There aren't many people on this planet who know more about eating disorders than psychologist Dr. Judith Brisman, founder of the Eating Disorder Resource Center. In this video, she offers a crash course in understanding the difference between someone who eats disorderly and someone with an eating disorder. We also learn that, deep down, people with anorexia use eating (or not eating) as a coping mechanism.

Finally, Brisman runs through some typical traits of those with anorexia: perfectionism, genetic disposition, and susceptibility to the pressures of society. Most of all, anorexia offers the illusion of control. When you're unable to control other parts of your life, losing weight by not eating seems like a major accomplishment because it was a (dangerous) decision made of your own volition.

It’s a Small, Small World: PTSD as Self-Imprisonment.

Big Think and the Mental Health Channel are proud to launch Big Thinkers on Mental Health, a new series dedicated to open discussion of anxiety, depression, and the many other psychological disorders that affect millions worldwide.


Dr. Rachel Yehuda is one of the foremost researchers in the country studying neurobiology with regard to PTSD. In this video interview, Dr. Yehuda relays common symptoms and struggles associated with the debilitating disorder. Where does one's brain go when traumatic flashbacks emerge? How do you fight these uncomfortable situations? Dr. Yehuda delves into these and other questions.

Black Mental Health Isn't the Same as White Mental Health

Big Think and the Mental Health Channel are proud to present Big Thinkers on Mental Health, a new series dedicated to open discussion of anxiety, depression, and the many other psychological disorders that affect millions worldwide.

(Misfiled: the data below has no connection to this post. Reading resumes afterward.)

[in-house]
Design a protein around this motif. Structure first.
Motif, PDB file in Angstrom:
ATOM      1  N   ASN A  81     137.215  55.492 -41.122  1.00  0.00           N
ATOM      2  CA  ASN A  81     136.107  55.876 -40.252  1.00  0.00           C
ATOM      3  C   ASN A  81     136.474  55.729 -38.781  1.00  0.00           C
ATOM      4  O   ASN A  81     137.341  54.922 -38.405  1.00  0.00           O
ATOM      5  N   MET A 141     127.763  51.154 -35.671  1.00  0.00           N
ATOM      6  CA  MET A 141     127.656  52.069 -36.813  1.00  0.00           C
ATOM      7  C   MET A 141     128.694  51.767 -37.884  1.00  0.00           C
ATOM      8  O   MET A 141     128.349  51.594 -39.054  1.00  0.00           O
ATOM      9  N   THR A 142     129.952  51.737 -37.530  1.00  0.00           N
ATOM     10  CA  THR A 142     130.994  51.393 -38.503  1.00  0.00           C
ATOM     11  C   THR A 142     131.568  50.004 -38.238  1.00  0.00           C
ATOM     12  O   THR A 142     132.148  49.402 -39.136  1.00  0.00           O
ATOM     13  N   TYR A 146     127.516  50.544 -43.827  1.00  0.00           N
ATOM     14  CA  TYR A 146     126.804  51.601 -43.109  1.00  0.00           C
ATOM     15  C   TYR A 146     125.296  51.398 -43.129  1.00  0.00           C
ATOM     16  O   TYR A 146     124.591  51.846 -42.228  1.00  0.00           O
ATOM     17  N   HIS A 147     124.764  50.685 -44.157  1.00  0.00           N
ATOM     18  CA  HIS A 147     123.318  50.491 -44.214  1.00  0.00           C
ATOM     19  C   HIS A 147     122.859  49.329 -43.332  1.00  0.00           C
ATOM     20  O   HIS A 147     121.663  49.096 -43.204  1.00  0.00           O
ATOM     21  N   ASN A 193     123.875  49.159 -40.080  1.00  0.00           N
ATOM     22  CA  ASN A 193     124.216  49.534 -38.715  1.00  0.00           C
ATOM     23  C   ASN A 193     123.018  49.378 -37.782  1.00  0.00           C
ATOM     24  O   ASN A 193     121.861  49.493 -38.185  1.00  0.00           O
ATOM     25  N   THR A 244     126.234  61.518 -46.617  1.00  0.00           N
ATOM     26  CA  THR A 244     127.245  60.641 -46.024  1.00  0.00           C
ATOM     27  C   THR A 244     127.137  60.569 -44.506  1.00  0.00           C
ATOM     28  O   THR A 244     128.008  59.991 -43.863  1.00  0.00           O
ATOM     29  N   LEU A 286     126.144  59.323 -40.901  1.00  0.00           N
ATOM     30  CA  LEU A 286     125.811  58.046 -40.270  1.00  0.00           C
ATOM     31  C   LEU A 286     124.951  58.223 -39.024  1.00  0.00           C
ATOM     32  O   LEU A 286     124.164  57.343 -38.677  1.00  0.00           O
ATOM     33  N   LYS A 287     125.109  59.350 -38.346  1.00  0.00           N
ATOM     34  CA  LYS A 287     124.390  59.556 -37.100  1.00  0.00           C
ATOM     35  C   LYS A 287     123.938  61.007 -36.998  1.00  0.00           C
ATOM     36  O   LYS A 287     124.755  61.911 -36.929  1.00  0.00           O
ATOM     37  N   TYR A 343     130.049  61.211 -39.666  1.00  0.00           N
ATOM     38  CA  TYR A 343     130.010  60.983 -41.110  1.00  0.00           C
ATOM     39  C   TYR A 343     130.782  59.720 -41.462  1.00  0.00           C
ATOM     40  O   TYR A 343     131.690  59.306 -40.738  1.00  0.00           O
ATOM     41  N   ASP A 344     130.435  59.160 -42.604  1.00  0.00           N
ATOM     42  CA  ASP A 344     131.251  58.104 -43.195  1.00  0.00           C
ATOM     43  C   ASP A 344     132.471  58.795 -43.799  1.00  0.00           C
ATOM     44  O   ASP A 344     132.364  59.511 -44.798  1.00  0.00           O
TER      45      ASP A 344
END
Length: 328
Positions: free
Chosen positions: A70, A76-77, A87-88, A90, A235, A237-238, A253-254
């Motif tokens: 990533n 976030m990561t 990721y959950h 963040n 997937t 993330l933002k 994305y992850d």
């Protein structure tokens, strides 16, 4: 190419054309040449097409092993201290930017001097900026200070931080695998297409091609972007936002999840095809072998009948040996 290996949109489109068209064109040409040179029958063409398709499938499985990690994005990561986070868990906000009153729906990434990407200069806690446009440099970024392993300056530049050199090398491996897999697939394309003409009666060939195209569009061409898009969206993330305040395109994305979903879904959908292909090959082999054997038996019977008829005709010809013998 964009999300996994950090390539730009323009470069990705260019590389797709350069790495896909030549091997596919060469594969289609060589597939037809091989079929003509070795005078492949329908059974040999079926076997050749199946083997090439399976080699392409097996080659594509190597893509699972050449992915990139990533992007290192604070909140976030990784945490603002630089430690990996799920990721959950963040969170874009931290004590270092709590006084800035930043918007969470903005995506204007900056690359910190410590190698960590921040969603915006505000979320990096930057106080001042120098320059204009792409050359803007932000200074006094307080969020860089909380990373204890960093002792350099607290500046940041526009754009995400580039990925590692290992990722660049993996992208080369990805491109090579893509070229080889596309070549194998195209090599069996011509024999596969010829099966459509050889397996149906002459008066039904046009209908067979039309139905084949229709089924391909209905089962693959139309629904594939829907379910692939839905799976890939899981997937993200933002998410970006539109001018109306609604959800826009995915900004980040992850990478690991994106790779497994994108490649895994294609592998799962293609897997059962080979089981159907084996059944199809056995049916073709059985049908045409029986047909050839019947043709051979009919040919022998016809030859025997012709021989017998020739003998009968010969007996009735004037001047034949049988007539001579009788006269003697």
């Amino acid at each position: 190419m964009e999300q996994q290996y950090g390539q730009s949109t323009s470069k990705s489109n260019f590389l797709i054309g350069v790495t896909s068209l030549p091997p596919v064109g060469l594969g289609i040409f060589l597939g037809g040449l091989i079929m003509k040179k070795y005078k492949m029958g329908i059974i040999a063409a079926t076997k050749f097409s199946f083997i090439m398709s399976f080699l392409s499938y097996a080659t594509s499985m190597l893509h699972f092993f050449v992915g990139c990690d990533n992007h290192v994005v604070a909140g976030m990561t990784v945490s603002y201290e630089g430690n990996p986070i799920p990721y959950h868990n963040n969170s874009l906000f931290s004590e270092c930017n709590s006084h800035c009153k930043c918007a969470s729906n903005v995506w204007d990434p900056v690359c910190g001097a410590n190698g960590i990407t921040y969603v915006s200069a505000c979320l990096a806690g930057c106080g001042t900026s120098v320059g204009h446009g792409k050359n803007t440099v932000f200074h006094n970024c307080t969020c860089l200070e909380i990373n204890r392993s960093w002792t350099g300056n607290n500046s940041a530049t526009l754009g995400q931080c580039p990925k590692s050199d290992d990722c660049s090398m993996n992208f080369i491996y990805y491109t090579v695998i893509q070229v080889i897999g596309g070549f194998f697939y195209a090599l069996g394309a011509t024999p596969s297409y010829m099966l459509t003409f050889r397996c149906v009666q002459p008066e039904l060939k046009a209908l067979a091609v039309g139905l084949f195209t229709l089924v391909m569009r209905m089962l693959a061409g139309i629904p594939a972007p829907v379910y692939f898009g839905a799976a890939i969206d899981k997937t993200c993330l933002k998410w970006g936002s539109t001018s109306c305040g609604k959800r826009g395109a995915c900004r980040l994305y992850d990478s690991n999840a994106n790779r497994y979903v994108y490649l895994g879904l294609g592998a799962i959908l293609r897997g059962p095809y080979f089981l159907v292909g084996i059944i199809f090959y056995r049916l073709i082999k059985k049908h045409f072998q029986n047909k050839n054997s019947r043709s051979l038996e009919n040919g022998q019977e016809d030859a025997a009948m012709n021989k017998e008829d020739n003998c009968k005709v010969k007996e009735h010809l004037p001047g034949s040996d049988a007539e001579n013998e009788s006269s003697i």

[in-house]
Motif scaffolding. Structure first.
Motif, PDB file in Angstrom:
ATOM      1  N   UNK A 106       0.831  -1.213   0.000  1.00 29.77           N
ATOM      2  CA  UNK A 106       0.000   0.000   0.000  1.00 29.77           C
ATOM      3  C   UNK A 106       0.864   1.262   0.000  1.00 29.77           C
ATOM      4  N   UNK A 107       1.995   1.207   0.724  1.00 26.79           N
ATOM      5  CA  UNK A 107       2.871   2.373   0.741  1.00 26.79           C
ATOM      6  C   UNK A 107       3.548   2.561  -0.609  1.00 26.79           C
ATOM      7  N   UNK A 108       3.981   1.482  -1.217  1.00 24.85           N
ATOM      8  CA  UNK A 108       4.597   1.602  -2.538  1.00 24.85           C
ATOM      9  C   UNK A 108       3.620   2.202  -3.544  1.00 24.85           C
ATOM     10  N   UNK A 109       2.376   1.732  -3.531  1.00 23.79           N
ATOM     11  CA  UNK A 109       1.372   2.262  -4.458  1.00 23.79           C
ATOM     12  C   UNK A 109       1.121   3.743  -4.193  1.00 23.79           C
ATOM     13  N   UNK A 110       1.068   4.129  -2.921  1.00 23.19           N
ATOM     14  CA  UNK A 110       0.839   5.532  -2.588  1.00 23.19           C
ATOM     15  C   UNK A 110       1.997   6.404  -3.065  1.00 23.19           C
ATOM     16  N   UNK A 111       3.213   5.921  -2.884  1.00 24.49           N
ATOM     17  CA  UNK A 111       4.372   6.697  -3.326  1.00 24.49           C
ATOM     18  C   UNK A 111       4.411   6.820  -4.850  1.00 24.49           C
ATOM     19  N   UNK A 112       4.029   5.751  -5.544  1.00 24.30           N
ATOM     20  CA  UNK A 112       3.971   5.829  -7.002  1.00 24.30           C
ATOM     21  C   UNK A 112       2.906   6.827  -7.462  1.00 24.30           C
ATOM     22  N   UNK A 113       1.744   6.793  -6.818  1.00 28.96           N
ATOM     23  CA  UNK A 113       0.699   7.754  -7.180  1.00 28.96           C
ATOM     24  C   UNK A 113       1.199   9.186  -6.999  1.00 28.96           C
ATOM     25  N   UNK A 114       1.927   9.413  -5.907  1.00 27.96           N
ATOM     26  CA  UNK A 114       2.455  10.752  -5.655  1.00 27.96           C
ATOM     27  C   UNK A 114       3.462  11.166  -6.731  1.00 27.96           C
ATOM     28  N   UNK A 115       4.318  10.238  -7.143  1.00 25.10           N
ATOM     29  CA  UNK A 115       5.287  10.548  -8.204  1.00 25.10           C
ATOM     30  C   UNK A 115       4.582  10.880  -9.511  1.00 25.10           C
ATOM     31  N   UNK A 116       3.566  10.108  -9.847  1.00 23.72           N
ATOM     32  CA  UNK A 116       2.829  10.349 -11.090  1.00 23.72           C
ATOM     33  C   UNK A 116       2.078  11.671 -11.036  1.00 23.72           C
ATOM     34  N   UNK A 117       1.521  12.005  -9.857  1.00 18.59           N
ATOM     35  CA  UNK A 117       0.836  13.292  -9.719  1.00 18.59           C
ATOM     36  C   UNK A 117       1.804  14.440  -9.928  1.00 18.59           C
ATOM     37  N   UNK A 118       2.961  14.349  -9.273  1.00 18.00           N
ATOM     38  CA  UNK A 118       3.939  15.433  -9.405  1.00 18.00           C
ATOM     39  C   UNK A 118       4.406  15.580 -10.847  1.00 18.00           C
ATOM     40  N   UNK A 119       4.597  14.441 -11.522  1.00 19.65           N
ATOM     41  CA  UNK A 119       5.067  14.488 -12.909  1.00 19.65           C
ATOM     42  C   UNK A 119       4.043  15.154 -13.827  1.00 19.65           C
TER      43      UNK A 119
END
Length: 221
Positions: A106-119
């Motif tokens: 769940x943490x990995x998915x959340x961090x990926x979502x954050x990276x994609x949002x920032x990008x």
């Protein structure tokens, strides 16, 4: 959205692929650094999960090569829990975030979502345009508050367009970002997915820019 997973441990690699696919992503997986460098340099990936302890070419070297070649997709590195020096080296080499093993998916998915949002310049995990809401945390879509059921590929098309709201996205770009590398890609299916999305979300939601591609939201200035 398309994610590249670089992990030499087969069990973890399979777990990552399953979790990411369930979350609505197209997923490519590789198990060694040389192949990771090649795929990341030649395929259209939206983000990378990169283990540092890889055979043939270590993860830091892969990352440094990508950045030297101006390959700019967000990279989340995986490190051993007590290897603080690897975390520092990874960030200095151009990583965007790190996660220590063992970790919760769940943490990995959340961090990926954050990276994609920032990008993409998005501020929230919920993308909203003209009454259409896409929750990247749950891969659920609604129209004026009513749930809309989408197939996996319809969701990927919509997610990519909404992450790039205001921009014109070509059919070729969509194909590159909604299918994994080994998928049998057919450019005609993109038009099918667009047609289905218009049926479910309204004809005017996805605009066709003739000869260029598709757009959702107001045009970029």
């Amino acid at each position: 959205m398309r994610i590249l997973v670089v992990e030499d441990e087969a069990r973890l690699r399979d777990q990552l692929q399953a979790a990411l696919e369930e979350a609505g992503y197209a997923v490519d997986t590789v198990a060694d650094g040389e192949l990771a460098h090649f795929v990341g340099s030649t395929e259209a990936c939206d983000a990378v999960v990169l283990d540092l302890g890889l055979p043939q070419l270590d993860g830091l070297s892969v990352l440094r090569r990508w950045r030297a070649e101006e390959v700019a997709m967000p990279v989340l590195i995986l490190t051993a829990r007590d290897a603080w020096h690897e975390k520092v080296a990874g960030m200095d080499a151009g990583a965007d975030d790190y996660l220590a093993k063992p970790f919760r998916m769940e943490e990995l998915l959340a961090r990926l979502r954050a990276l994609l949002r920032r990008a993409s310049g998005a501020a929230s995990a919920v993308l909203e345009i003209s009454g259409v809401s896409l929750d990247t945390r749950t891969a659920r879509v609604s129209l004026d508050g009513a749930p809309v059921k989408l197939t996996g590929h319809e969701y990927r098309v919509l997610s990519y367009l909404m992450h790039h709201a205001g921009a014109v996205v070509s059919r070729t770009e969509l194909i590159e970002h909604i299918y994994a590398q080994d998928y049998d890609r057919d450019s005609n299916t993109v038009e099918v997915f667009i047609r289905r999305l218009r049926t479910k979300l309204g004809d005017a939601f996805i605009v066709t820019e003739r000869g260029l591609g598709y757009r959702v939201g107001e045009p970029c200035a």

You can't have a frank discussion about mental health within the African-American community without confronting issues related to social trauma. Uncomfortable (and sometimes dangerous) encounters with a distrusted police force. Drugs and crime infesting a neighborhood. The institutional scars of slavery and segregation. These are all issues our contemporary black population must deal with each and every day.

Dr. Michael Lindsey of NYU's Silver School of Social Work sees signs of debilitating trauma throughout black America. He points to two key reasons for this. First, mental illness is unfairly stigmatized in these communities, just as it is throughout American culture. Second, cultural definitions of strength and courage are dictated by efforts to work against institutional ills such as discrimination. How one reacts to these ills, coupled with the community's response to said reaction, adds a lot of tension other Americans don't necessarily have to deal with.

Finally, Lindsey speaks to the value placed on authenticity, a major reason why many sufferers in the black community internalize their strife rather than share it with the outside world.

Bipolar Disorder Is Like Having Two Serious Illnesses at Once

Big Think and the Mental Health Channel are proud to present Big Thinkers on Mental Health, a new series dedicated to open discussion of anxiety, depression, and the many other psychological disorders that affect millions worldwide.